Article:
Ryanair is reasonably confident that tourists will be taking holidays across Europe in June, July and August, a ray of hope for the tourism industry amid gloom over a rise in Covid-19 cases in top destinations.
Michael O'Leary, grpup chief executive of Europe's biggest airline group, said his growing optimism was based on the speed of the British vaccine rollout.
Following a surge in bookings from the UK and Germany, he said Ryanair planned to operate at 80% of a normal summer schedule in July, August and September.
"I think it is very difficult to persuade the UK population to sit at home, or holiday at home when everybody's been vaccinated," he told reporters.
Airlines and travel companies across Europe have started to brace for a second lost summer after politicians and scientists urged consumers not to book flights for fear of bringing new variants back into the country that could undermine the vaccine programme.
Britain currently bans all foreign travel, except for work, education or health reasons. However, the government is to review that in April and possibly allow it from May 17.
Michael O'Leary had earlier said he was "reasonably confident that there will be unrestricted holiday travel for British families going to European beach resorts".
Ryanair also said it was adding 26 new routes to destinations in Greece, Portugal and Spain from the UK.
"We should be reasonably confident and optimistic," he told Sky News.
"I think there's a reasonable prospect, higher than 50%, of the UK families will be holidaying in June, July and August, in theory, in Spain, Greece and Portugal as normal," he added.
Ryanair also said it is planning 2,500 flights a week to, from, and across Spain this summer as it bets on a surge in demand for holidays even as infections rise across much of Europe.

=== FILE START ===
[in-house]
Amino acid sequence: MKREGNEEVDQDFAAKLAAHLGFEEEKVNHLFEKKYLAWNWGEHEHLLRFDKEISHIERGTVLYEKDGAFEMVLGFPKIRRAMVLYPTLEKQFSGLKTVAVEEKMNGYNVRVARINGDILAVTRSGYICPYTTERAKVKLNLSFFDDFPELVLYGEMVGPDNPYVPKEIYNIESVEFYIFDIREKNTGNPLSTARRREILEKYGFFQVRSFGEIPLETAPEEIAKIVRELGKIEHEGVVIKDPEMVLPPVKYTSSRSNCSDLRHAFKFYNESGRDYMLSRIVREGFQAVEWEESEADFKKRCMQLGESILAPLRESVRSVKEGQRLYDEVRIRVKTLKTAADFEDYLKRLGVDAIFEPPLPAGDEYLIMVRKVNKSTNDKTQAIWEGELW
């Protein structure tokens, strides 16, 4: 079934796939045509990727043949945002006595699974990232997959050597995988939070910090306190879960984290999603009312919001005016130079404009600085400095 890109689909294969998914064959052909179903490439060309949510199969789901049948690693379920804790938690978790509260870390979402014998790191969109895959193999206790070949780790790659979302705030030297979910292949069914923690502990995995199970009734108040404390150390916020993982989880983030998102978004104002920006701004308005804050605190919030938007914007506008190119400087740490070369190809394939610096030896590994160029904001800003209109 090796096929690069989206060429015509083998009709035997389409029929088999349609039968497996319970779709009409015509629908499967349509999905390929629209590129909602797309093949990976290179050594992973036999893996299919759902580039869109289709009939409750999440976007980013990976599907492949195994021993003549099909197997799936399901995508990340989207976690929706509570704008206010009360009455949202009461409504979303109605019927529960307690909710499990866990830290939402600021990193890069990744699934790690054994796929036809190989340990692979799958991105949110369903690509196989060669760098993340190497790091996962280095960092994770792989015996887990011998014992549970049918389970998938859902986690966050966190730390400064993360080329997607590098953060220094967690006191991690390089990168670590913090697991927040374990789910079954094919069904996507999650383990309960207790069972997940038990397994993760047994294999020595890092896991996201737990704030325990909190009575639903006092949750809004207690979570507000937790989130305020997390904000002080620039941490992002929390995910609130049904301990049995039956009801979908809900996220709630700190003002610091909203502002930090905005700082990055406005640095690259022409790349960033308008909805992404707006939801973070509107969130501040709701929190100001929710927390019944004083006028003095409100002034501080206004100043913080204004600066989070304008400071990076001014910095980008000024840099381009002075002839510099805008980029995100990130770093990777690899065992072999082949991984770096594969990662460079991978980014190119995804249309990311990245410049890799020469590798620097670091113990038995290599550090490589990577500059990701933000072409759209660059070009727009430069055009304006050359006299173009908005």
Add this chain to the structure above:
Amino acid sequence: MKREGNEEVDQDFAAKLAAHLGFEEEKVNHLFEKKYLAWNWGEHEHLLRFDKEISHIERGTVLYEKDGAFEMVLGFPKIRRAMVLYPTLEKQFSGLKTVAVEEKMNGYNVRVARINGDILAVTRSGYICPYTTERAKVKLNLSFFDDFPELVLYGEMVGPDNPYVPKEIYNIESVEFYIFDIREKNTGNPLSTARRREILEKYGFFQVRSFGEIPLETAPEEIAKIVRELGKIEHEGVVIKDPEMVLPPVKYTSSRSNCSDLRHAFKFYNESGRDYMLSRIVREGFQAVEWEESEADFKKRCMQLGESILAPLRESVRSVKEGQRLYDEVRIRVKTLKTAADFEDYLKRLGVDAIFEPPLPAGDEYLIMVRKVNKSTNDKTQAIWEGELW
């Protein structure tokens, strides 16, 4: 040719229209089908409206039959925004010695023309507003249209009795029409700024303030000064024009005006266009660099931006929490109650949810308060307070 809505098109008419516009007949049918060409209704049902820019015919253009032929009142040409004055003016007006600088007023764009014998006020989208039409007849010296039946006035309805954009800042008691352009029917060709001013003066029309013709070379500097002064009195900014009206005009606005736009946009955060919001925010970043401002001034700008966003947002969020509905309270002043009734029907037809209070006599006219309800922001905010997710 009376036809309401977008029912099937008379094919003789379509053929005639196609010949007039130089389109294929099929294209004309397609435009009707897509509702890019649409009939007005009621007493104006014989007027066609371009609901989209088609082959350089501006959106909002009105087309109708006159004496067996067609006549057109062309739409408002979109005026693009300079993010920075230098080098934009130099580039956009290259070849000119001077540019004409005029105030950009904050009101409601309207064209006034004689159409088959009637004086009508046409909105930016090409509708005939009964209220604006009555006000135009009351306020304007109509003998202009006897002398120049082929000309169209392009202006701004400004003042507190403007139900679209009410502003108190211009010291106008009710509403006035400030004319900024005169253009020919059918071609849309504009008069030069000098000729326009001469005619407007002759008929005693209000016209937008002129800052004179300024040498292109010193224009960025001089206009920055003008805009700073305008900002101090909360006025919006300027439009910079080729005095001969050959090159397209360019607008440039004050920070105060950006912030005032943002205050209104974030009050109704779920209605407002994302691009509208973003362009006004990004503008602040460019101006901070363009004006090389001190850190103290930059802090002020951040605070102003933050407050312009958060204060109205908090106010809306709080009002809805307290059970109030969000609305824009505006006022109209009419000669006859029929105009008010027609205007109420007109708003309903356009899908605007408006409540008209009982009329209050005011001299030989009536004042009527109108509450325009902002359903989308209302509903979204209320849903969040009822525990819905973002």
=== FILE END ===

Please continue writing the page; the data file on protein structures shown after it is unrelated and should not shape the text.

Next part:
Marketing director Dara Brady told a news conference today that the airline planned to operate 582 routes in, out of, and across Spain, including 48 new ones, in a sign of the expected surge in demand for trips.
Spain was the world's second-most visited country before the Covid-19 pandemic.
"We're seeing an increase in capacity versus what we would've seen last year (without the pandemic). Our domestic Spanish schedule is around 20% bigger than in previous years, and certainly bigger than last year," he said.
Although Ryanair has cut its overall passenger numbers forecast for this fiscal year to 26-30 million, it expects a pick up in the pace of Europe's vaccination campaign to allow for a "decent" summer.
Dara Brady also said Ryanair would not appeal against a European Court of Justice decision that backed Spanish state aid worth €53m to small airline Plus Ultra, and would instead focus on its appeal against Spain's larger aid package for Air Europa, which it considers discriminatory.
Asked about Germany's recent request that airlines arrange Covid-19 tests for German tourists returning from Spain's Balearic Islands, Brady said Ryanair would comply with all government regulations but that it should not be airlines' responsibility to organise tests.
Spain today said it would allow some travellers from Britain from March 30, although Britain's own ban on non-essential international travel makes any immediate revival of tourism unlikely.
Meanwhile, Ryanair also said today it expected to take delivery of 16 Boeing 737 MAX aircraft before the coming summer season, lower than the previous guidance of up to 24 it had given in February.
Michael O'Leary told an online news conference that Ryanair expected to receive eight of the MAX aircraft in April, another eight in May and none in June.
He said the airline was planning to fly 80% of its normal schedule in July, August and September and had the ability to revise it upwards or downwards if needed.
Shares in Ryanair rose in Dublin trade today.